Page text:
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David Michaels, Head of US OSHA, Praises Teen Efforts to Prevent Workplace Violence

Monday, June 23, 2014
Press Contacts: 

U.S. Dept. of Labor

Occupational Safety and Health Administration (OSHA)

and

 Massachusetts Committee for Occupational Safety and Health (MassCOSH)

New York Committee for Occupational Safety and Health (NYCOSH)

Philadelphia Project on Occupational Safety and Health (PhilaPOSH)

Southern California Coalition for Occupational Safety and Health (SoCalCOSH)

University of California, Berkeley, Labor Occupational Health Program (UC Berkeley)

For immediate release, Monday June 23rd

Contact:  Jeff Newton: 617-825-7233 x14
                Marcy Goldstein-Gelb: 617-642-1878

Retail Store Homicides Highlight Risks

Facing Teen Workers;

200,000 Sexual Assaults Each Year

Washington, DC – David Michaels, Assistant Secretary of Labor for Occupational Safety and Health, said today that teen peer education programs are an effective way to reduce and prevent the hazards of workplace violence.

“This is a unique opportunity to reach out to young workers with life-saving information,” said Michaels, who heads the U.S. Occupational Safety and Health Administration (OSHA). “Of course it’s the employer’s responsibility to provide a safe workplace. But educating young workers to identify hazardous situations can give them the confidence they need to speak up at work and ask for the training and protections they need to be safe.”

Michaels joined teenagers from Boston, Philadelphia and San Francisco today for a telephone press conference about Teens Lead @ Work, a peer education program sponsored by non-profit and academic organizations in Massachusetts, New York, Philadelphia and San Francisco.

The ongoing hazards faced by teenagers in the workplace have been dramatically illustrated by recent fatalities, including:

  •  Joseph Morante, 19, who was fatally shot in 2013 while working at a cell phone store in Boston.
  •  Jamil Bader, Jr, 18, who was shot and killed in 2012 during a robbery at his family’s delicatessen in Newark, NJ.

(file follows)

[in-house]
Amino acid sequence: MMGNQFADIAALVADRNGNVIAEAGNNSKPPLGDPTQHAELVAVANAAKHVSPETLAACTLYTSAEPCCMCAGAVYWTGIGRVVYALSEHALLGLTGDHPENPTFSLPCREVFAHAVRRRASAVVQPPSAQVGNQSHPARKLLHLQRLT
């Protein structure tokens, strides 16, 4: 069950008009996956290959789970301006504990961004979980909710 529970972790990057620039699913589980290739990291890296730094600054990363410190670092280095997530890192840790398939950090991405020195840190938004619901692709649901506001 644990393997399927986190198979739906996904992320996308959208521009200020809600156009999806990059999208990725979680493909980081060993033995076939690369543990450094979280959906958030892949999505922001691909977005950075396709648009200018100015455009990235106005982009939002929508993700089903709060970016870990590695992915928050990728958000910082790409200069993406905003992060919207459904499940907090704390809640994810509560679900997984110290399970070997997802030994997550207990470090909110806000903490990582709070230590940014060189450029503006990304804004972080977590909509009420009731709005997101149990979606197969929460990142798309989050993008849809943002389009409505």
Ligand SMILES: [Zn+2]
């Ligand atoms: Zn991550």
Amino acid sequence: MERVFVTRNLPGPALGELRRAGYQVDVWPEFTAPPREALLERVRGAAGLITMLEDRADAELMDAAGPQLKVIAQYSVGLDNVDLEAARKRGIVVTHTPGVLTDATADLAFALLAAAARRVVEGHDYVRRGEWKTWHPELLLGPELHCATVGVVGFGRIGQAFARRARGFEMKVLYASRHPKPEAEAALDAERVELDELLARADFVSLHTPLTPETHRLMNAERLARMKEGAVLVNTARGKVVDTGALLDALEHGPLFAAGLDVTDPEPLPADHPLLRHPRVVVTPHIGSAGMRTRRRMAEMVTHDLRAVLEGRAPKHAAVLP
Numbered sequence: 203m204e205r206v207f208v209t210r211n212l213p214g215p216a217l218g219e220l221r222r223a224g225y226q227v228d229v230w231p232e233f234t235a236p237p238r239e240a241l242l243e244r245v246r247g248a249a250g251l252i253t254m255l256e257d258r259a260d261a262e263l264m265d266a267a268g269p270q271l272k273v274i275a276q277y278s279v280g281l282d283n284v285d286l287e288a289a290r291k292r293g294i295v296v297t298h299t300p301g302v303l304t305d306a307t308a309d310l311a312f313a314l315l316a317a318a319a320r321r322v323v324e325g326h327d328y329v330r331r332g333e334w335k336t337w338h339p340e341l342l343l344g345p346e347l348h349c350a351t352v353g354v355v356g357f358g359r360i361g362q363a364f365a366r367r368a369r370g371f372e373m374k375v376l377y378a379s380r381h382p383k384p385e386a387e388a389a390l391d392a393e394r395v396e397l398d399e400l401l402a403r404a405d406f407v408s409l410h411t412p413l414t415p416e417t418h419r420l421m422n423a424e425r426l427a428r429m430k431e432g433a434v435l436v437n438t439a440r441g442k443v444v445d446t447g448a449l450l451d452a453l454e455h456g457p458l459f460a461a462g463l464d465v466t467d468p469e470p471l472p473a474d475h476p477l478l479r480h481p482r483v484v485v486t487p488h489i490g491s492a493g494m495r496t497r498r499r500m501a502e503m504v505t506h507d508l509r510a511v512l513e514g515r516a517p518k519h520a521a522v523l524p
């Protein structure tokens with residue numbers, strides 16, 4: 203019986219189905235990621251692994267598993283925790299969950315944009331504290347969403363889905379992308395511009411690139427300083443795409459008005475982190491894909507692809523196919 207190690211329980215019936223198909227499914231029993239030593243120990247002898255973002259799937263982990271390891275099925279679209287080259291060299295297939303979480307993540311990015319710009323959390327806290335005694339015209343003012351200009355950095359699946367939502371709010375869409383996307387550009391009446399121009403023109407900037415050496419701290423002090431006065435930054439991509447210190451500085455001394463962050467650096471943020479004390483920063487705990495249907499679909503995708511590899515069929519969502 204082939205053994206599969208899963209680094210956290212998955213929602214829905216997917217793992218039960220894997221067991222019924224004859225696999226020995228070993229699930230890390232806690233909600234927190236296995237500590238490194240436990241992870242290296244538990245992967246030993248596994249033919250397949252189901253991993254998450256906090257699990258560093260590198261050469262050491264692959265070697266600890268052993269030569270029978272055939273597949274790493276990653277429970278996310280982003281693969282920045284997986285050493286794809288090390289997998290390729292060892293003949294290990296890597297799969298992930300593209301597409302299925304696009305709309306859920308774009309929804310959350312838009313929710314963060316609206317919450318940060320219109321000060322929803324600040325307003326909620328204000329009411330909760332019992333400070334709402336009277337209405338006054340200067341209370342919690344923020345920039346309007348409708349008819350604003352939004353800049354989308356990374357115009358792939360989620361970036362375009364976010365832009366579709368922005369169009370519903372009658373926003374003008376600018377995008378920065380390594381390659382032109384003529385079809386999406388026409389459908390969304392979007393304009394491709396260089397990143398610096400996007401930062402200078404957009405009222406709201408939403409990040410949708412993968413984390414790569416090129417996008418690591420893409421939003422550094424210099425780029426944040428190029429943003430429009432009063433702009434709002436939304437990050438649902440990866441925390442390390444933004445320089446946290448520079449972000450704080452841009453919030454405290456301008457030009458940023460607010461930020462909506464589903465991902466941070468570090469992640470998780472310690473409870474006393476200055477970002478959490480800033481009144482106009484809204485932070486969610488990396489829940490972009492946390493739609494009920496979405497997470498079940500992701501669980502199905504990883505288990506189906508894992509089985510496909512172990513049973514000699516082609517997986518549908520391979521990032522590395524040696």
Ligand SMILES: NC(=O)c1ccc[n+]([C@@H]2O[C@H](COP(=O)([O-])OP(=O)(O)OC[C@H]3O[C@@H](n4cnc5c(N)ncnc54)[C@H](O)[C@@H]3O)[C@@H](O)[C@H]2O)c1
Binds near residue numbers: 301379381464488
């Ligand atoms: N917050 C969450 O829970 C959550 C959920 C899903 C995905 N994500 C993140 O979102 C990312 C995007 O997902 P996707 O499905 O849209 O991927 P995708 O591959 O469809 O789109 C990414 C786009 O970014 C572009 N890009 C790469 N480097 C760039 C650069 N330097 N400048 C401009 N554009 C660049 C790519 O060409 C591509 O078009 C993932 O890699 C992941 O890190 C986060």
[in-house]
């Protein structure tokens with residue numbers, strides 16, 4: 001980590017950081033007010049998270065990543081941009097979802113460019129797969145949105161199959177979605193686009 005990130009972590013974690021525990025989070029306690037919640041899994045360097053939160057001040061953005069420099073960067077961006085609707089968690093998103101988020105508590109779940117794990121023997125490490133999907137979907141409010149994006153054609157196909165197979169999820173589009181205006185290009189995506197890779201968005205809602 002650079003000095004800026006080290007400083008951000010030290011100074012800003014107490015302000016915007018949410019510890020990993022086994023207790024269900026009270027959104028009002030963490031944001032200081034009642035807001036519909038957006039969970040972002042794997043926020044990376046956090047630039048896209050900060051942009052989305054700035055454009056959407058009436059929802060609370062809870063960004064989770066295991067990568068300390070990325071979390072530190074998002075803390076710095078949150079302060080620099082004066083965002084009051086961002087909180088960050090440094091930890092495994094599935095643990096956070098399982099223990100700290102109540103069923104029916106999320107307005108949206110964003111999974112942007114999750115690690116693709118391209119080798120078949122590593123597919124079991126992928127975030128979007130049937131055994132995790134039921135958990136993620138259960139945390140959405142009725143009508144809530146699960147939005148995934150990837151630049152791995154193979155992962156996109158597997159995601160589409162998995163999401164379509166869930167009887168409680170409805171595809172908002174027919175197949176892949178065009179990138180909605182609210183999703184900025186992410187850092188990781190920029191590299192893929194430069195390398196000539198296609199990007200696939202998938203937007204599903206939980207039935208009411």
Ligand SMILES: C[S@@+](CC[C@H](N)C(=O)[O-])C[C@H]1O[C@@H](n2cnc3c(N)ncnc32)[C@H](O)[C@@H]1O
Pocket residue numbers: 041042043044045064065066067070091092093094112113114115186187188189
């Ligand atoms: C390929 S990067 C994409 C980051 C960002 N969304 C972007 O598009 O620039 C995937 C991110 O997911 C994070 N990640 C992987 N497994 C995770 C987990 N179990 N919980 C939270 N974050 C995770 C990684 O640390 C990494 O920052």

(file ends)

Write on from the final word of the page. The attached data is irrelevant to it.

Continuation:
• Christine LoBrutto, 18, who was shot and killed in 2012 by a co-worker while working on the 3rd shift stocking shelves at the Pathmark store in Old Bridge, NJ.

Sexual assault is also a widespread risk for young workers. A recent study by the Shuster Institute for Investigative Journalism at Brandeis University estimates that 200,000 U.S. young workers annually are victims of sexual assault at work.

"Workplace violence affects teens all over the nation so it is important that every worker –especially young workers – know about their rights and resources,” said Alice Kuang, 16, a peer leader with UC Berkeley’s Labor Occupational Health Program.

Kuang and Wendell Skinner, 15, of Philadelphia and Justin Caballero, 17, of Boston are involved in peer education programs which educate young workers how to recognize and prevent workplace hazards.

The training sessions, which will reach hundreds of young workers this summer in Boston, New York, Philadelphia and San Francisco, include information about rights and responsibilities in the workplace. Through role play and discussion, peer educators also illustrate how to respond to common hazards, such as how to reduce the risk of violence during robberies at retail establishments.

“Sadly, the workplace can bring great loss to young innocent workers,” said Skinner. “With this training, the three key things I hope young workers learn are, be mindful, be watchful and beware."

“Some people may be wondering if people my age can do this kind of work, and I tell them we can,” said Peer Leader Justin Caballero. “MassCOSH’s Teens Lead @ Work has been around since 2002, and year after year, we have been talking to more and more teens about how to stay safe on the job just as many of them are starting to work. I’ve been doing these trainings for almost two years and I can tell you from experience that we are good at what we do, and that going national will help a ton of young worker stay safe on the job.”

“As a pro-small business organization in Dorchester MA, we are excited about the opportunity to educate employers about how to develop safe policies and employee training that respond to shoplifting and other potentially unsafe situations with the goal of a safer business district,” said Rosanne Foley, Executive Director of Fields Corner Main Street.

A recent survey of teen retail workers by the Massachusetts Coalition for Occupational Safety and Health (MassCOSH) found that:

  • 74% never received training on workplace violence or health and safety
  • 27% had experienced a theft at their workplace
  • 31% of young workers sometimes worked without supervision

To address the lack of training available for young people, the U.S. Occupational Safety and Health Administration (OSHA) provided a safety training grant to establish the Teens Lead @ Work program.

Teens Lead @ Work is sponsored by the Massachusetts Committee for Occupational Safety and Health (MassCOSH), in cooperation with the Labor Occupational Health Program at the University of California Berkeley, the New York Committee for Occupational Safety and Health (NYCOSH); the Philadelphia Project on Occupational Safety and Health (PhilaPOSH) and the Southern California Coalition for Occupational Safety and Health (SoCalCOSH).